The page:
I need help building a data structure for a state diagram

Tim Chase python.list at tim.thechases.com
Sun May 24 15:20:04 EDT 2009

> I'm working on a really simple workflow for my bug tracker.  I want
> filed bugs to start in an UNSTARTED status.  From there, they can go to
>>From STARTED, bugs can go to FINISHED or ABANDONED.
> I know I can easily hard-code this stuff into some if-clauses, but I
> expect to need to add a lot more statuses over time and a lot more
> relationships.
> This seems like a crude state diagram.  So, has anyone on this list done
> similar work?

I've got a similar workflow in one of my applications at work.  I 
use a database to persist the available states along with their 
transitions.  Both the states themselves and the transitions have 
various attributes to them to facilitate my workflows.  The 
following schema should work in most databases such as sqlite 
(included with Python2.5+) with minor syntactic tweaks (such as 

   CREATE TABLE States (
    description VARCHAR(50),
    other_attributes ...

   CREATE TABLE Transitions (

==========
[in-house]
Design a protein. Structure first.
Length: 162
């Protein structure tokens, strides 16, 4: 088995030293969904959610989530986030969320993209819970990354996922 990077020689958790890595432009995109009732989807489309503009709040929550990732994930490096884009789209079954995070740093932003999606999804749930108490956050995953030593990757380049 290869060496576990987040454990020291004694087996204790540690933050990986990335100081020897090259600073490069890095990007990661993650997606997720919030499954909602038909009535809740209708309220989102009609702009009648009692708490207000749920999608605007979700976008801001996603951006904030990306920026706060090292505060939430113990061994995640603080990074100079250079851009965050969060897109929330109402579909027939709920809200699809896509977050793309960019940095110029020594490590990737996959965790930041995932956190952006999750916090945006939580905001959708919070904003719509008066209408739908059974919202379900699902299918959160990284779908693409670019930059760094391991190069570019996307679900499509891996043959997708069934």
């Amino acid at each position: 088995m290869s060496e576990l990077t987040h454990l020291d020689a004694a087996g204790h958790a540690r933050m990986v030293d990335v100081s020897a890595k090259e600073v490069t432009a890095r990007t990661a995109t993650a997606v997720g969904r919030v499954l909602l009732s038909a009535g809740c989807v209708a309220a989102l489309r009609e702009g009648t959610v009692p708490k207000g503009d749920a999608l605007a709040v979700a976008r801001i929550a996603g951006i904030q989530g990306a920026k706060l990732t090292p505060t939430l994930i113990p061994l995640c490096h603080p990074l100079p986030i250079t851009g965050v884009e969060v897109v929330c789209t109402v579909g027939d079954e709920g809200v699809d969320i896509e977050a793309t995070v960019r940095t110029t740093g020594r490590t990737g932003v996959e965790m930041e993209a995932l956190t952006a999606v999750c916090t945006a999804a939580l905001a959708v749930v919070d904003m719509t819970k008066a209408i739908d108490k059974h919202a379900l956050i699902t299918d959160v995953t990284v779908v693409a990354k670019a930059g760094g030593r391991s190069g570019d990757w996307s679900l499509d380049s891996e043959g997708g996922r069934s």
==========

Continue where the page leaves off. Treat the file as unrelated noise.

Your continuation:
from_state INT NOT NULL REFERENCES States(id),
    to_state INT NOT NULL REFERENCES States(id),
    other_attributes ...
   INSERT INTO States (description) VALUES
   INSERT INTO Transitions (from_state, to_state) VALUES
    (1, 2), -- Started -> Finished
    (1, 3), -- Started -> Abandoned
    (3, 2);  -- Abandoned -> Finished

You can then query states you can transition to:

   SELECT s1.description, s2.description, t.other_attributes
   FROM Transitions t
   INNER JOIN States s1
   ON s1.id = t.from_id
   INNER JOIN States s2
   ON s2.id = t.to_id
   -- WHERE t.from_id = @current_id
   ORDER BY s1.description, s2.description

You can easily add more state rows as well as transition rows to 
the tables.  Then use the other_attributes of either the 
transition or the state to control the workflows (we have 
transition attributes for things like "notifies account-manager", 
"notifies customer", "number of days that must pass from initial 
workflow-start", "number of days that must pass from most recent 
status change", "does this transition happen manually or 
automatically via an overnight script", etc.)  The workflow 
processing code then looks at these attributes for the transition 
that's being attempted, and behaves accordingly.

Hope this gives you some ideas.  If you want to read more, the 
magic google-words are "finite state automaton" (FSA) or "finite 
state machine" (FSM)[1]



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